The Granite Board of Education refused Tuesday night to approve requests to raise participation fees for high school drill teams, dance clubs and football players.
The increases were requested by the district's high school principals, based on recommendations of school personnel who work with these groups.The proposed increases would have included a rise from $600 to $650 for each member of a drill team; from $100 to $200 for dance club members; and from $150 to $175 for football players who choose to buy equipment "packages."
Board members were concerned that the continuous increase in fees required for these special high school activities would bar many students from participation.
"Those prices create elitist organizations to which only the rich can belong," said board member Lynn Davidson. At the same time, he said, he is concerned that Granite schools would be unable to compete if the district sets unrealistic fee schedules while other districts continue to spend more on costumes and related equipment. Some are expecting as much as $1,200 per drill team member.
Davidson said he will re-open the issue with the Utah School Activities Association this spring.
The district policy requires that any student who wants to participate but does not have the money to pay a fee can get the money from the district. That could become expensive for the district as rising fees put activities out of range for more families, said board member Judy Lar-son. As a practical matter, however, many parents simply refuse to let their children participate when the costs become too high.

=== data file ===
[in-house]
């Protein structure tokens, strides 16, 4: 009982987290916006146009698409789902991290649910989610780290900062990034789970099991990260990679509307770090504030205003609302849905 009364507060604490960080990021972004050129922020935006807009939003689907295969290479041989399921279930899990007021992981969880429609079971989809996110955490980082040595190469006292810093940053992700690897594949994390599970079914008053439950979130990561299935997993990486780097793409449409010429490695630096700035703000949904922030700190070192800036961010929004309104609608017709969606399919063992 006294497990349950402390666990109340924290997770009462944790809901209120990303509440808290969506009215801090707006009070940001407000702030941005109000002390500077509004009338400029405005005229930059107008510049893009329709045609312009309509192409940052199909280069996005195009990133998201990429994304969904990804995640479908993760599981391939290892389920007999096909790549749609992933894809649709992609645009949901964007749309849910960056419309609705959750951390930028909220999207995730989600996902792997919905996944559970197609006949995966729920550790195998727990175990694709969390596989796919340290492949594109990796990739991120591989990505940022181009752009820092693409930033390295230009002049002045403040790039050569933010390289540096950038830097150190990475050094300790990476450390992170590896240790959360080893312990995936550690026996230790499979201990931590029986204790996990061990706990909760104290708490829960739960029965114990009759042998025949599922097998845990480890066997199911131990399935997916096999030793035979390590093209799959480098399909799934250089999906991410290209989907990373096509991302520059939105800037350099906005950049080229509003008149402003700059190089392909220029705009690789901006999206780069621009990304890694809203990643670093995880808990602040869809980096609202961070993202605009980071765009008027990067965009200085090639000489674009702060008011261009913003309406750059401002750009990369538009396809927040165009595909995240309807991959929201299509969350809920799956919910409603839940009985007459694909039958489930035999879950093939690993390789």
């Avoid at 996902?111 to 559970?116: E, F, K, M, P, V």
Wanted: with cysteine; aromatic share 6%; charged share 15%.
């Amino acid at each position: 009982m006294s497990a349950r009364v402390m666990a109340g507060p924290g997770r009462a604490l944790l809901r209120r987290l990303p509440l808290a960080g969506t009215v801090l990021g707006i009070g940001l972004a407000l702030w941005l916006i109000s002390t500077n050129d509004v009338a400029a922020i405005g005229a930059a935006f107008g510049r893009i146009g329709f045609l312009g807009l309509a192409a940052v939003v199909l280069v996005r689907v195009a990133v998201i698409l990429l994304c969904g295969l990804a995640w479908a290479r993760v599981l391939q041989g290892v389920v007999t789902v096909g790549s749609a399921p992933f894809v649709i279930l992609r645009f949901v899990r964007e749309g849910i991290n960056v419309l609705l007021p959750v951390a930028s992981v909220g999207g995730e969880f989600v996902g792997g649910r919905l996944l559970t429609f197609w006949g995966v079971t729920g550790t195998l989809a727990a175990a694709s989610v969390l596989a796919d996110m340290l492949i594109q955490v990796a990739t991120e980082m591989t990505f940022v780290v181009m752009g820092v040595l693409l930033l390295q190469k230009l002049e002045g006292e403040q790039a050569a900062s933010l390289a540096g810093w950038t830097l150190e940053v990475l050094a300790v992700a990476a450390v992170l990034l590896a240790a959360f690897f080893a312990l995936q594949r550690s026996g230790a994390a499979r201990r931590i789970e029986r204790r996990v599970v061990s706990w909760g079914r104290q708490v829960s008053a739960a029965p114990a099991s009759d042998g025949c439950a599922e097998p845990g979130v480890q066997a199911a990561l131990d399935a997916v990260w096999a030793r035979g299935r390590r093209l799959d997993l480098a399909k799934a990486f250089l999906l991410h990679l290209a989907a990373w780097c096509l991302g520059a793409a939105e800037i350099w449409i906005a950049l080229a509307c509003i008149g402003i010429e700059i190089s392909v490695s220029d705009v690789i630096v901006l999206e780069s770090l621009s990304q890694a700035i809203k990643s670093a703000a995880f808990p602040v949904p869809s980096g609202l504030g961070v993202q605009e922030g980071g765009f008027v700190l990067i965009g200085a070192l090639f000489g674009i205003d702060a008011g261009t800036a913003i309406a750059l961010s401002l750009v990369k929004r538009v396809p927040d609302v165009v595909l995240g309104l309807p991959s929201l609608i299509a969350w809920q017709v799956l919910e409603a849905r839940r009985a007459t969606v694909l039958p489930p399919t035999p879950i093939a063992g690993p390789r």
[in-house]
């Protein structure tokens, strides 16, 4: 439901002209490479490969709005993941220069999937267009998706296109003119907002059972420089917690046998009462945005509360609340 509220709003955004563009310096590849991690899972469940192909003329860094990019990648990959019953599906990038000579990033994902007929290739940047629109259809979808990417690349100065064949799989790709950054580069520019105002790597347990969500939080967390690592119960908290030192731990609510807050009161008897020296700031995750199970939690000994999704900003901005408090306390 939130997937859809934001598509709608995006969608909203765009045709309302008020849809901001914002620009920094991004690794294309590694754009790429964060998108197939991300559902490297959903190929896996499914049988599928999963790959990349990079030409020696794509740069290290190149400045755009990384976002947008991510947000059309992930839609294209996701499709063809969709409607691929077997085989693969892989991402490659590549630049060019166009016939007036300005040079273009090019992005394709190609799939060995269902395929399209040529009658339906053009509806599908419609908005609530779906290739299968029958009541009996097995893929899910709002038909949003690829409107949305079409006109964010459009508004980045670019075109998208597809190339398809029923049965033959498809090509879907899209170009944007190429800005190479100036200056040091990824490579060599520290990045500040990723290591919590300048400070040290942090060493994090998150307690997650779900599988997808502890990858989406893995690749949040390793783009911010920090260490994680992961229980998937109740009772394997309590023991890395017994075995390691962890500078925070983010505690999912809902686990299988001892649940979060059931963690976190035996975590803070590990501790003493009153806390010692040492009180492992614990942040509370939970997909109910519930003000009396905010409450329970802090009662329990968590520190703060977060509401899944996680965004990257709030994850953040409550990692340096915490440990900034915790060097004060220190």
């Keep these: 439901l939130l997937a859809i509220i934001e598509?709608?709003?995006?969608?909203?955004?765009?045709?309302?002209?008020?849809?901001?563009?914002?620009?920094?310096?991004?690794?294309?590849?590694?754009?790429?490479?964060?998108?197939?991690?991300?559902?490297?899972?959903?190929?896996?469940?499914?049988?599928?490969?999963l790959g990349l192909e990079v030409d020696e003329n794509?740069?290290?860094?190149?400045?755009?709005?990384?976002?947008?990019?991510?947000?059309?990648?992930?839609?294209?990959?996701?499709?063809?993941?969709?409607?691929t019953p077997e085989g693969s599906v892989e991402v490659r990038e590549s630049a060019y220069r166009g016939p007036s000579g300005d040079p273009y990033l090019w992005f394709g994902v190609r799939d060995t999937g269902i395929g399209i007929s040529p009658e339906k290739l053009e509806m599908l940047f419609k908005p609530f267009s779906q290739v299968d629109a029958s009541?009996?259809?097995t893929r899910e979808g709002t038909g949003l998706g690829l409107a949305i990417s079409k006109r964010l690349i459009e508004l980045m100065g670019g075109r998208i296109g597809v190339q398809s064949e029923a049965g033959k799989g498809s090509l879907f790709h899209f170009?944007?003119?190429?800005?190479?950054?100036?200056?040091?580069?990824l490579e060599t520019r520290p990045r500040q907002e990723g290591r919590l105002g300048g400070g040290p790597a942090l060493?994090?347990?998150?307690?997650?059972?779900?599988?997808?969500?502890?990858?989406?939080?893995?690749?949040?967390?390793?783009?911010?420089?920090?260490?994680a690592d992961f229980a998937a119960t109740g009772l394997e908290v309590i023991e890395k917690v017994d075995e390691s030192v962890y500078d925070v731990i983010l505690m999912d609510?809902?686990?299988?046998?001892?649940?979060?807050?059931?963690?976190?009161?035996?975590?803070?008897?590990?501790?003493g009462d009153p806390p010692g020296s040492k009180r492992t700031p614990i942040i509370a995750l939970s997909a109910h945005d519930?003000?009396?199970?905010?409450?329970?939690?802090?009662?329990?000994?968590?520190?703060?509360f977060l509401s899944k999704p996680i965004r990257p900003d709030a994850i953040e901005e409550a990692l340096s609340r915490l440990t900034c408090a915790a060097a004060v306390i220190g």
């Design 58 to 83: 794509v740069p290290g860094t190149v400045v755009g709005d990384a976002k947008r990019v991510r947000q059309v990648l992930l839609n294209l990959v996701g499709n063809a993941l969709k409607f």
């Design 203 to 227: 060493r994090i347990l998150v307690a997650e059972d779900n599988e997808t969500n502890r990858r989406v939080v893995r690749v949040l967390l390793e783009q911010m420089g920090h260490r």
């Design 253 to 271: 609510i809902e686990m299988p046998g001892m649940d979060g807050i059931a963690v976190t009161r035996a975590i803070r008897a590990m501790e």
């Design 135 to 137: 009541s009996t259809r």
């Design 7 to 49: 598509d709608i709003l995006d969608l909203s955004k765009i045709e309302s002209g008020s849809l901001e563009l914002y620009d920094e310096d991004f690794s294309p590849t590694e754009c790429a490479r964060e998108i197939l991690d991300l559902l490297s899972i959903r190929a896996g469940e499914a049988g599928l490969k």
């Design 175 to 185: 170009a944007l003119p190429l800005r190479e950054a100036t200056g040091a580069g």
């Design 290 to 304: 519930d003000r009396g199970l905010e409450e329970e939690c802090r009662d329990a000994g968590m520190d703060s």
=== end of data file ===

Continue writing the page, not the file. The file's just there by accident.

"It's a matter that's been long debated. I have a hard time seeing why it takes that much to run these programs," said board member J. Dale Christensen. "We have a moral obligation to make these programs available to all students."
Board member Patricia G. Sandstrom suggested the schools slightly increase their charges for plays, musicals and dance reviews to help offset the costs of the programs.
The district has had severe budget restraints for the past few years and has not been able to increase expenditures for vital programs. The schools should feel the same obligation to hold down costs, Christensen said. He suggested that schools should work toward building up wardrobes that can be used more than one year.
The board voted to stick with last year's figures. The amounts per student also must include donations and money raised by the groups, aside from personal contributions, board members said. They also called for better oversight and reporting on the fees in each school.